The fiftieth anniversary of a lost classica deceptively sophisticated tale of sexual compulsion and one man's flight from love
Yasha Mazur is a Houdini-like performer whose skill has made him famous throughout eastern Poland. Half Jewish, half Gentile, a freethinker who slips easily between worlds, Yasha has an observant Jewish wife, a Gentile assistant who travels with him, and a mistress in every town. For Yasha is an escape artist not only onstage but in life, a man who lives under the spell of his own hypnotic effect on women. Now, though, his exploits are catching up with him, and he is tempted to make one final escapefrom his wife and his homeland and the last tendrils of his father's religion.
Set in Warsaw and the shtetls of the 1870sbut first published in 1960Isaac Bashevis Singer's second novel hides a haunting psychological portrait inside a beguiling parable. At its heart, this is a book about the burden of sexual freedom. As such, it belongs on a small shelf with such mid-century classics as Rabbit, Run; The Adventures of Augie March; and The Moviegoer. As Milton Hindus wrote in The New York Times Book Review, "The pathos of the ending may move the reader to tears, but they are not sentimental tears . . . [Singer] is a writer of far greater than ordinary powers."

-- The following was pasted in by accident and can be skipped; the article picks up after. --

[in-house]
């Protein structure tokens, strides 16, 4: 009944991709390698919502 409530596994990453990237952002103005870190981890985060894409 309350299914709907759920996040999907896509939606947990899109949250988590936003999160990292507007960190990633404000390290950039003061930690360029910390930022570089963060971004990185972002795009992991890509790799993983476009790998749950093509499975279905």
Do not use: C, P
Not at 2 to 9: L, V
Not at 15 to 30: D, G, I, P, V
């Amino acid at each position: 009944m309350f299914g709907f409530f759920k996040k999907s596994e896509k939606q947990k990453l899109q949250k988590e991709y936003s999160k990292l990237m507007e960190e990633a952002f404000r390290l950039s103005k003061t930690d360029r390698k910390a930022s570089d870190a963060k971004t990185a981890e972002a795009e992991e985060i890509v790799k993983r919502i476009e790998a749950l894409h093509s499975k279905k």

|Publisher:||Random House Publishing Group|
About the Author
Isaac Bashevis Singer (1904–91) was the author of many novels, stories, children's books, and memoirs. He received the Nobel Prize in Literature in 1978.
Date of Birth:July 14, 1904
Date of Death:July 24, 1991
Place of Birth:Radzymin, Poland
Place of Death:Surfside, Florida
Education:Attended Tachkemoni Rabbinical Seminary in Warsaw, Poland, 1920-27